“Right outside my sanctuary. The nerve!”
Diana is seething, her shadow tall as a bear, and there is a remnant of shimmers and that deep and spicy scent next to Helena, and then it is just Diana, her Diana, looking at her in disheveled anger.
And Helena finally understands. And she wishes the earth would open up and swallow her whole.
“My maidens?” Barking hounds on Diana’s heels make for quite an entrance – enough to startle even Mars off his seat – and while she usually is against such displays and reserves them for the more tightly wound deities like Minerva, she is past the point of caring. “You are going after my consecrated warrior maidens?”
Jove just glowers at her, and then Juno glowers at Jove.
“Out of all the women in the world?” Diana still cannot believe what she has seen. “Seriously? My followers?”
At this point, the entirety of Mount Olympus is staring at Jove, who – she has to give him that – stands with an air of superiority among the melee.
“Let’s not exaggerate things.” He gestures, placating. “One. It was just one.”
“Which makes it so much better,” Juno throws in sarcastically over his shoulder.
But it was not just one follower. It was Helena, the brightest and, yes, possibly also the most beautiful of all the women at her temple, which makes this so much worse. But Jove does not need to know that.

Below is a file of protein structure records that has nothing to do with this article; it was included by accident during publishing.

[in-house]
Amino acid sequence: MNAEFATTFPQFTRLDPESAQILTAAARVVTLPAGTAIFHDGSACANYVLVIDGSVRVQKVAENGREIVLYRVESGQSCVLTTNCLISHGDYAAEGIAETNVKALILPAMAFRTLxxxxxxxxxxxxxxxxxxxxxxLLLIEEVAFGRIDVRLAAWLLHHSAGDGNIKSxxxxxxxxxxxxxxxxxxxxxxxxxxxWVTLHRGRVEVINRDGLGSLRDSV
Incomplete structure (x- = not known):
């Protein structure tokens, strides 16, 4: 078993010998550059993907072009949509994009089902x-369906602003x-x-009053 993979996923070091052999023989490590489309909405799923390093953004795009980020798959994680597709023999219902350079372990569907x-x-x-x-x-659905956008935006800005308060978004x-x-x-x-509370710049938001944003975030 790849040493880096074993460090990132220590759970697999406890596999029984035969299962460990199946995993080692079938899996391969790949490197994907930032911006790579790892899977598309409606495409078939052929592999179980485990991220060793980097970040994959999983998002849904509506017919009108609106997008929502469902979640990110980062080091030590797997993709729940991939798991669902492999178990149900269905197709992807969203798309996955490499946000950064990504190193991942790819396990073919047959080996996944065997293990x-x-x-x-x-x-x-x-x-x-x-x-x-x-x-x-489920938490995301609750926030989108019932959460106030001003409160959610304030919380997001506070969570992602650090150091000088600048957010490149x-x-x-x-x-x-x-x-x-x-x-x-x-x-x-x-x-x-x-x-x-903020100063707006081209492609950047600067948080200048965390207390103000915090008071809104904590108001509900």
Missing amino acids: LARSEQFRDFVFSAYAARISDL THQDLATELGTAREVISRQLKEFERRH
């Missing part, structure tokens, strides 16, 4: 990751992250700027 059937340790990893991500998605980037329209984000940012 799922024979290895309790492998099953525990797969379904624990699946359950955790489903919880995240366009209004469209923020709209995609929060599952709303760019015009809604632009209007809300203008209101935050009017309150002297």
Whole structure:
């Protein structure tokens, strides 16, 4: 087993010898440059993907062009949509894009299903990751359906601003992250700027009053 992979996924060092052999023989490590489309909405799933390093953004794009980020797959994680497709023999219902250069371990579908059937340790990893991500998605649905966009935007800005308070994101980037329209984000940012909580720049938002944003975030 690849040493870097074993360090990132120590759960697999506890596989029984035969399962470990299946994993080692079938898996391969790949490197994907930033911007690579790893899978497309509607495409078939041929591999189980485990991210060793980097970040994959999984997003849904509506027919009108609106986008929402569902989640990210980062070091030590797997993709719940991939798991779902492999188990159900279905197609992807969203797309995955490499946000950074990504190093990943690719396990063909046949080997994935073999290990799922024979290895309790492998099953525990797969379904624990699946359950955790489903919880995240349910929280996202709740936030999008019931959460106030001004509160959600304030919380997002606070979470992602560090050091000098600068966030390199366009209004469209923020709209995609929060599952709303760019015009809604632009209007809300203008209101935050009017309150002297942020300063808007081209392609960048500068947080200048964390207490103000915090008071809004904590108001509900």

“Why don’t we all take a breath and calm down,” Jove suggests. “Because nothing even happened.”
“Because you got interrupted,” Juno guesses immediately.
Mercury snickers, but a withering glare from Juno shuts him up.
“You said you were worried about Diana, too!” Jove reminds his wife. “I was just taking a look at those woods, trying to appreciate what Diana is doing there – ”
“And the local… wildlife?”
Sometimes, Diana wonders how Jove does not simply shrink away and die under Juno’s eyes.
“It’s my sanctuary, and I have sworn to protect those who serve me there!” Diana is still furious. “And what do you mean, nothing happened? Do you call my encountering you kissing one of my huntresses nothing?”
Now Venus is snickering.
“Well, she did kiss me back,” Jove points out. “While I was in your garb, I might add. – So just what are you doing with your disciples at that sanctuary?”